- Three quarters of respondents who receive 21st Century campaign emails found them to be clear. More than 60% of the trustees of medium and large schemes and master trusts took action as a result of receiving the emails. The trustees of the majority of micro schemes and half of small schemes took no action, because they felt they did not need to, did not believe it was relevant to their scheme, or had other priorities.
- All areas of the pensions landscape are coming under greater scrutiny as part of TPR’s clearer, quicker and tougher approach. TPR is being increasingly proactive and supervisory to target risks in different segments of the market. TPR will work more closely with the FCA to ensure that the risks to members of both occupational and contract-based DC schemes are consistently identified and addressed.
- Micro pension schemes have between 2 and 11 members. Small schemes have between 12 and 99 members. Medium schemes have 100 to 999 members. Large schemes have more than 1,000 members. A master trust is a scheme for multiple unconnected employers.
- The DC survey is an annual survey of trust-based occupational defined contribution schemes, and was conducted between January and March 2018.
- To achieve a score of 100% in the value for members section of the DC survey, the following criteria had to be met:
- the trustees must have a documented process in place to assess and report, at least annually, the extent to which member-borne charges and transaction costs represent value for members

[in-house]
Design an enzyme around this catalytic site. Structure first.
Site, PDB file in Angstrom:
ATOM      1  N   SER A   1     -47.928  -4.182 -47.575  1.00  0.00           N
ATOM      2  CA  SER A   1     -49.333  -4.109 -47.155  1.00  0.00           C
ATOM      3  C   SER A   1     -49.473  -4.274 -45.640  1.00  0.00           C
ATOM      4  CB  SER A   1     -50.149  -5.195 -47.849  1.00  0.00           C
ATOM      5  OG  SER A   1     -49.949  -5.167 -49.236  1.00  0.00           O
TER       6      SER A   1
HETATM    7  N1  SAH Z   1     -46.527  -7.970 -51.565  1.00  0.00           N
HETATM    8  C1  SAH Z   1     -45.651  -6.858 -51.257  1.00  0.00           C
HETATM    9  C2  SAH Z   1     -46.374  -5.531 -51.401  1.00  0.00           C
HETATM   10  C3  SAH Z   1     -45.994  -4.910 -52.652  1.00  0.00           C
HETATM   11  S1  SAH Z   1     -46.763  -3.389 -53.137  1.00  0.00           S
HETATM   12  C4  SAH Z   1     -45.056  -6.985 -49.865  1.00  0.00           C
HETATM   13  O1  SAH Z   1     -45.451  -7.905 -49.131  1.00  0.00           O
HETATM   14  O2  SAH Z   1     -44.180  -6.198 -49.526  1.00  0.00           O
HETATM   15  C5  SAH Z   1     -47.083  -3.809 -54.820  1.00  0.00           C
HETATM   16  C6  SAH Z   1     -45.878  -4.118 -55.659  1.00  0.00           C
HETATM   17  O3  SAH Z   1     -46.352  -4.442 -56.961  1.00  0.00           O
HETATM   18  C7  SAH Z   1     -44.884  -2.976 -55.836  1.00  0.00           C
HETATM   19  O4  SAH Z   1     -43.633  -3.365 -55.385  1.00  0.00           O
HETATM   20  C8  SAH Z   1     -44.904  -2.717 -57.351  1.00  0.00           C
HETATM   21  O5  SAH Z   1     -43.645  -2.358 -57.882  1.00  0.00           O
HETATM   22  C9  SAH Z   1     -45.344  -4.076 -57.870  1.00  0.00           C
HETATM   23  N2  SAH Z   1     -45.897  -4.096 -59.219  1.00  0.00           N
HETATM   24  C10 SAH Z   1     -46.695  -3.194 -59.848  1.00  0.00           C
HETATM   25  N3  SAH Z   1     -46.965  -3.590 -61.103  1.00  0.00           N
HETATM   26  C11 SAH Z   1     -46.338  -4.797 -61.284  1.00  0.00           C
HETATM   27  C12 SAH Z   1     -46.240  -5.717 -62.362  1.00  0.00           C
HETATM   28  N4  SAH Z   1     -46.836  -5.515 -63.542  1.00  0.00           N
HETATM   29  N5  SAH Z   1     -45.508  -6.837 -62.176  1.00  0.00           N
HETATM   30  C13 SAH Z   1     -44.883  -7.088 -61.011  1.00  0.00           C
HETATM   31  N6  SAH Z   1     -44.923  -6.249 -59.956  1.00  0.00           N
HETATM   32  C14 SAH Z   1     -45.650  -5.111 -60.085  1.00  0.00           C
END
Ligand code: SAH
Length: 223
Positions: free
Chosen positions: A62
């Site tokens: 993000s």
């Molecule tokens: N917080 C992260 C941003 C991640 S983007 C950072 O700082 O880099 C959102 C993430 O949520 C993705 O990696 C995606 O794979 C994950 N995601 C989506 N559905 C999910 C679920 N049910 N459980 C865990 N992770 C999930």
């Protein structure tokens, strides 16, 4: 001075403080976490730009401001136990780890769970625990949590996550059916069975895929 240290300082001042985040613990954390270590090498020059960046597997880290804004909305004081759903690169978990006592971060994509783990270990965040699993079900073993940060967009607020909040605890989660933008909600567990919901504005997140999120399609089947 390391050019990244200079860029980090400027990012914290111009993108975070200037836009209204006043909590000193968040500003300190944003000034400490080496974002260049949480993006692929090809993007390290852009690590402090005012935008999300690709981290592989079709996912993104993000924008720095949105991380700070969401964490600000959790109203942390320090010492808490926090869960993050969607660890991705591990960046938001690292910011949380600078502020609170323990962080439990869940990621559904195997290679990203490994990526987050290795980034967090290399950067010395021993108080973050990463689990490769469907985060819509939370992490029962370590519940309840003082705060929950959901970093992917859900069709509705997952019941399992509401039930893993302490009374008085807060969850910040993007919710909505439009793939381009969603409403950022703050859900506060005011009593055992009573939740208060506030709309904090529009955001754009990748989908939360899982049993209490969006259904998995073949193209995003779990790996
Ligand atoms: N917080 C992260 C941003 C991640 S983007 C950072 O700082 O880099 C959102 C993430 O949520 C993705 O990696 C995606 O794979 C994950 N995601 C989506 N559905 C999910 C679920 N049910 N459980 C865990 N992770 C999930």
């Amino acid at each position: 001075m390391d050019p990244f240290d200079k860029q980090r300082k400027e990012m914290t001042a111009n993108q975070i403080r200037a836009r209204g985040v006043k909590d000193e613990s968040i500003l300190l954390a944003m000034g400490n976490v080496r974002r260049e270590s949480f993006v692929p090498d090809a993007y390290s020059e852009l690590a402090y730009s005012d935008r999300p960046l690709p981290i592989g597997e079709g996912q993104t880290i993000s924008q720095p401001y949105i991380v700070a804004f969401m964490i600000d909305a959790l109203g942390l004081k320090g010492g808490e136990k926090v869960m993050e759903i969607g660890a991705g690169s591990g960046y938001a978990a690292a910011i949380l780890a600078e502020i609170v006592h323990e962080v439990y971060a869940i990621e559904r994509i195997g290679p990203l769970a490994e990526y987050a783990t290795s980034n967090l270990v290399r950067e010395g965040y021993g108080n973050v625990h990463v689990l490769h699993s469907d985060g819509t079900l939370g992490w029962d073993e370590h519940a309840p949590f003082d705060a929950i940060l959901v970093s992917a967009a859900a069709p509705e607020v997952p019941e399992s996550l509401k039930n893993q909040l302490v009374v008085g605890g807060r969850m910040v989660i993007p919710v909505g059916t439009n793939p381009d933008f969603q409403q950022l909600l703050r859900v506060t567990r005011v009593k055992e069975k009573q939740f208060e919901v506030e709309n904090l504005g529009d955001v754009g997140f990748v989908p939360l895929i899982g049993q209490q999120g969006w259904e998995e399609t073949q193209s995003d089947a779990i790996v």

- the trustees must research the characteristics, preferences and needs of members and take this into account when assessing value for members
- the board of trustees must:
- have very / fairly good understanding of the costs and charges deducted from members’ funds in default arrangements / self-select options and of the investment transaction costs
- be able to obtain all or most of the relevant information to carry out a value for members assessment
- TPR’s value for members thematic review investigated whether trustees are carrying out adequate assessments of the costs and charges paid by members, as reported in the annual chair’s statement. This should provide a meaningful narrative of how the relevant governance standards have been met, so members can understand when steps trustees have taken to assess the value of costs and charges. The review concluded that many trustees did not understand the requirement to carry out a value for member assessment and had not carried out an assessment that met the standards set out in the DC code of practice and supporting guidance.
- Thematic reviews allow TPR to conduct a structured, time-bound and risk-focused assessment on an important topic. TPR will continue to use thematic reviews to assess other areas of focus within the wider pensions landscape.
- TPR is the regulator of work-based pension schemes in the UK. Our statutory objectives are: to protect members’ benefits; to reduce the risk of calls on the Pension Protection Fund; to promote, and to improve understanding of, the good administration of work-based pension schemes; to maximise employer compliance with automatic enrolment duties; and to minimise any adverse impact on the sustainable growth of an employer (in relation to the exercise of TPR’s functions under Part 3 of the Pensions Act 2004 only).